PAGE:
In figure, ABC is a right triangle right angled at A. BCED, ACFG and ABMN are squares on the sides BC, CA and AB respectively. Line segment AX \(\perp \) DE meets BC at Y. Show that

(i) \(\triangle \)MBC \(\cong \) \(\triangle \)ABD
(ii) ar(BYXD) = 2 ar(MBC)
(iii) ar(BYXD) = ax(ABMN)
(iv) \(\triangle \)FCB \(\cong \) \(\triangle \)ACE
(v) ar(CYXE) = 2 ar(FCB)
(vi) ar(CYXE) = ar(ACFG)
(vii) ar(BCED) = ar(ABMN) + ar(ACFG)


Answer :

We have a right \(\triangle \)ABC such that BCED, ACFG and ABMN are squares on its sides BC, CA and AB respectively. Line segment AX \(\perp \) DE is also drawn such that it meets BC at Y.


(i) \(\angle \)CBD = \(\angle \)MBA [Each90°]
\(\therefore \angle CBD + \angle ABC = \angle MBA + \angle ABC \)

(By adding \(\angle \)ABC on both sides)
\(\Rightarrow \) \(\angle \)ABD = \(\angle \)MBC

In \(\triangle \)ABD and \(\triangle \)MBC, we have
AB = MB [Sides of a square]
BD = BC
\(\angle \)ABD = \(\angle \)MBC [Proved above]
\(\therefore \) \(\triangle \)ABD \(\cong \) \(\triangle \)MBC [By SAS congruency]


(ii) Since parallelogram BYXD and \(\triangle \)ABD are on the same base BD and between the same parallels BD and AX.

\(\therefore \) ar(\(\triangle \) ABD) = \(\frac{1}{2} \) ar(||gm BYXD)

But \(\triangle \)ABD \(\cong \) \(\triangle \)MBC [From (i) part]
[Since, congruent triangles have equal areas.]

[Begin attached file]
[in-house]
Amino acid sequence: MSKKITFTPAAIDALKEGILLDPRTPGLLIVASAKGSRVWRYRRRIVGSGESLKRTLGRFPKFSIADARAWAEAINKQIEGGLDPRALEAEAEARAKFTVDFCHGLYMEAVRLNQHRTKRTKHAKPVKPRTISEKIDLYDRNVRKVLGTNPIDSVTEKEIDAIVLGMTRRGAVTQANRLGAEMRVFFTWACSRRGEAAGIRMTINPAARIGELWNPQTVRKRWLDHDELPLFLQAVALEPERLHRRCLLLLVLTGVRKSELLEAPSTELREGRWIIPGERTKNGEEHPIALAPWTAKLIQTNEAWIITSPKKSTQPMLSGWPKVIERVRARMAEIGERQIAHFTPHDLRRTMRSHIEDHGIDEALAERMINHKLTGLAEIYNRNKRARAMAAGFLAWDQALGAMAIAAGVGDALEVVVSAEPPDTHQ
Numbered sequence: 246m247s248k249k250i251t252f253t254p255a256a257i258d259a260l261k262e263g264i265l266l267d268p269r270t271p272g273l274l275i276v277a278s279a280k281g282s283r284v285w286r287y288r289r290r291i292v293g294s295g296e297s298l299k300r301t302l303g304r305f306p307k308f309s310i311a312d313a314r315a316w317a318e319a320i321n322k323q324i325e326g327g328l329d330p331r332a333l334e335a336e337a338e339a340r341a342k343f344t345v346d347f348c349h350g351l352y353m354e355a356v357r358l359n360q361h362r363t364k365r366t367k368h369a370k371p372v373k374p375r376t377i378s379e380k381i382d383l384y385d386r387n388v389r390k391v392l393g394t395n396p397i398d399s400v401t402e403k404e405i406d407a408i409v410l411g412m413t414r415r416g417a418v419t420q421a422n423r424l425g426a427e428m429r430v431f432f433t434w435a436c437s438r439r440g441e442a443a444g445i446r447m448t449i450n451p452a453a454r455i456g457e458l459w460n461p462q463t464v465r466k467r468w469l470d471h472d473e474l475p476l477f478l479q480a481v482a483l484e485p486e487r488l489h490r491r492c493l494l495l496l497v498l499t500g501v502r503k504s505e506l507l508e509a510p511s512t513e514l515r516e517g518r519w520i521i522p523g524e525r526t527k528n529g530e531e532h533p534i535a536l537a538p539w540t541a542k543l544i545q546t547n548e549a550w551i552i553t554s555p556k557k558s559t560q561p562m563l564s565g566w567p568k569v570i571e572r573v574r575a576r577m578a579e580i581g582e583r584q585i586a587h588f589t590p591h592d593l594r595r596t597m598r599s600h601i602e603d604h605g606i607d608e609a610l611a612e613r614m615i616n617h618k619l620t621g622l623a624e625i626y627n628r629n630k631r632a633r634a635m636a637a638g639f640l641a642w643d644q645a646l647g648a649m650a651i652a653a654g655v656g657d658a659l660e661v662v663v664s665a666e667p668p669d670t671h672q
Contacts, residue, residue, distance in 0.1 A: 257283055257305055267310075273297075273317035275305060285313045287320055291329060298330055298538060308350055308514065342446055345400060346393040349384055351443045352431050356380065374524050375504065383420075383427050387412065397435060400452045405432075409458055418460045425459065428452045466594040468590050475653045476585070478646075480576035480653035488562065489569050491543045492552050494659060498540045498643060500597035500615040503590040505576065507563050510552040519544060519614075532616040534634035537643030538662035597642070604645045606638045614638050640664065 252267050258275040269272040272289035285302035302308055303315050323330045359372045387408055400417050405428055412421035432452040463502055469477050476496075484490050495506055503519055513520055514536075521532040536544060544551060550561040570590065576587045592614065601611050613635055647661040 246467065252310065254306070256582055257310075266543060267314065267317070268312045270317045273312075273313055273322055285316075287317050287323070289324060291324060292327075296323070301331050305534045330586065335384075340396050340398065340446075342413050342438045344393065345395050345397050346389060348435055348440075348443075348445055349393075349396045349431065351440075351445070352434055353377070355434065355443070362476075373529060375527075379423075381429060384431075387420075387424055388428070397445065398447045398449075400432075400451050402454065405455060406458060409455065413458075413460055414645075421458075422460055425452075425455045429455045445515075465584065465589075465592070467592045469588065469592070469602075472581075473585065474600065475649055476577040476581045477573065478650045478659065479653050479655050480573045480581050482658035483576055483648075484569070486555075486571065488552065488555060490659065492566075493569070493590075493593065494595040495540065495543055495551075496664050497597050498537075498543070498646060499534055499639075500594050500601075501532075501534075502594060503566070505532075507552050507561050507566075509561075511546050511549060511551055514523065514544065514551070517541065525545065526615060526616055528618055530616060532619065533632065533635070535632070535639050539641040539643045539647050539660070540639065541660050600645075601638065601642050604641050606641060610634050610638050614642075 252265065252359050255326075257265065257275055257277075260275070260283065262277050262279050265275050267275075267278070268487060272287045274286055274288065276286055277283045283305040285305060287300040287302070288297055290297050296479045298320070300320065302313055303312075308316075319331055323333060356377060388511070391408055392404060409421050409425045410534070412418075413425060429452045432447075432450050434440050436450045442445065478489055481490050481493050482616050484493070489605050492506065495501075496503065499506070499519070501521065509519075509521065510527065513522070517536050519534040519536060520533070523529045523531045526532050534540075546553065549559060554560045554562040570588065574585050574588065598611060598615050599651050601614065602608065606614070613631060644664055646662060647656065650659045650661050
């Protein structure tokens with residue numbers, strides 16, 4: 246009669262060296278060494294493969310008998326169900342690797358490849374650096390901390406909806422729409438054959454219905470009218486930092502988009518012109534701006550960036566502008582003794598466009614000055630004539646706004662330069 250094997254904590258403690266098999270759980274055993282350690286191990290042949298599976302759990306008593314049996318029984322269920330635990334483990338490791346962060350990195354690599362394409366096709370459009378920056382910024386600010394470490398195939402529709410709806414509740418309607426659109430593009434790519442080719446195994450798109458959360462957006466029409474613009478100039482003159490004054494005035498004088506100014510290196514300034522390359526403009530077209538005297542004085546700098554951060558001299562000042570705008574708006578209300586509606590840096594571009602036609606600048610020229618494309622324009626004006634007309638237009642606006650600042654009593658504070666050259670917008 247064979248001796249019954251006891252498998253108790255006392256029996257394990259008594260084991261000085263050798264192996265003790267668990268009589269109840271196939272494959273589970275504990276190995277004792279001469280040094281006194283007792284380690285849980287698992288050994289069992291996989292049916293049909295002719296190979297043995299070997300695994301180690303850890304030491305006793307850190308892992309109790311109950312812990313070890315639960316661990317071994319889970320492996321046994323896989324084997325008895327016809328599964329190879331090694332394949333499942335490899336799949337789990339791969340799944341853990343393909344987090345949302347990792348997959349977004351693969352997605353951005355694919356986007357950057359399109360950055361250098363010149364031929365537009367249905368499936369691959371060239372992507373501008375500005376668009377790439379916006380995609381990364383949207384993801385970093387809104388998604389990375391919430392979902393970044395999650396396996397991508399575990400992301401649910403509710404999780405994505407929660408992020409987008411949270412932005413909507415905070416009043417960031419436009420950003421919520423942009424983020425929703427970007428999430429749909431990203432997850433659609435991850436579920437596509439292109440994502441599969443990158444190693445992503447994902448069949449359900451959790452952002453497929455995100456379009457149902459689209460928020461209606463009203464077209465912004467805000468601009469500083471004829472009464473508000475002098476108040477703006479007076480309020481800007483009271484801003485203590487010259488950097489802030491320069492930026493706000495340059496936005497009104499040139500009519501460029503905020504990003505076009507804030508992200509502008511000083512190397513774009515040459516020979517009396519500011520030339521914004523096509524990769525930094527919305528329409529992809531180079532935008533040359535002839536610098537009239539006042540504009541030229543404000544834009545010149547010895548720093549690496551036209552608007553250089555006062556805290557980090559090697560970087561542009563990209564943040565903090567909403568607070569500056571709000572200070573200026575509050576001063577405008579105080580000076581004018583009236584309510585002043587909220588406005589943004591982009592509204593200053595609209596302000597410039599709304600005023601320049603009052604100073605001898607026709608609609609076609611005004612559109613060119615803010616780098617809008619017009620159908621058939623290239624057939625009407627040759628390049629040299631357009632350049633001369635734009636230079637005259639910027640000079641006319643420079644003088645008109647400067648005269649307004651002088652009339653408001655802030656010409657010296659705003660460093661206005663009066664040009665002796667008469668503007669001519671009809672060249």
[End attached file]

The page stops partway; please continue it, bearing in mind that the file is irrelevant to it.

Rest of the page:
\(\therefore \) ar(\(\triangle \)MBC) = \(\frac{1}{2} \) ar(||gm BYXD)
\(\Rightarrow \) ar(||gm BYXD) = 2ar (\(\triangle \)MBC)


(iii) Since, ar(||gm BYXD) = 2ar(\(\triangle \)MBC) …(1) [From (ii) part]
and ar(\(\square \) ABMN) = 2ar(\(\triangle \)MBC) …(2)
[ABMN and AMBC are on the same base MB and between the same parallels MB and NC]

From (1) and (2), we have

ar(BYXD) = ar(ABMN) .



(iv) \(\angle \)FCA = \(\angle \)BCE (Each 90°)
\(\Rightarrow \) \(\angle \)FCA+ \(\angle \)ACB = \(\angle \)BCE+ \(\angle \)ACB
[By adding \(\triangle \)ACB on both sides]
\(\Rightarrow \) \(\angle \)FCB = \(\angle \)ACE
In \(\triangle \)FCB and \(\triangle \)ACE, we have
FC = AC [Sides of a square]
CB = CE [Sides of a square]
\(\angle \)FCB = \(\angle \)ACE [Proved above]
\(\Rightarrow \) \(\triangle \)FCB \(\cong \) \(\triangle \)ACE [By SAS congruency]


(v) Since, ||gm CYXE and \(\triangle \)ACE are on the same base CE and between the same parallels CE and AX.

\(\therefore \) ar(||gm CYXE) = 2ar((\(\triangle \)ACE)
But \(\triangle \)ACE \(\cong \) \(\triangle \)FCB [From (iv) part]
[Since, congruent triangles are equal in areas.]

\(\therefore \) ar (||gm CYXE) = 2ar(\(\triangle \)FCB)


(vi) Since, ar(||gm CYXE) = 2ar (\(\triangle \)FCB) …(3) [From (v) part]

Also (quad. ACFG) and \(\triangle \) FCB are on the same base FC and between the same parallels FC and BG.

\(\Rightarrow \) ar(quad. ACFG) = 2ar((\(\triangle \)FCB) …(4)

From (3) and (4), we get
ar( CYXE) = ar(ACFG) …(5)



(vii) We have ar(BCED) = ar(CYXE) + ar(BYXD)
= ar(CYXE) + ar(ABMN)
[From (iii) part]
Thus, ar (BCED) = ar( ABMN) + ar(ACFG)
[From (vi) part]

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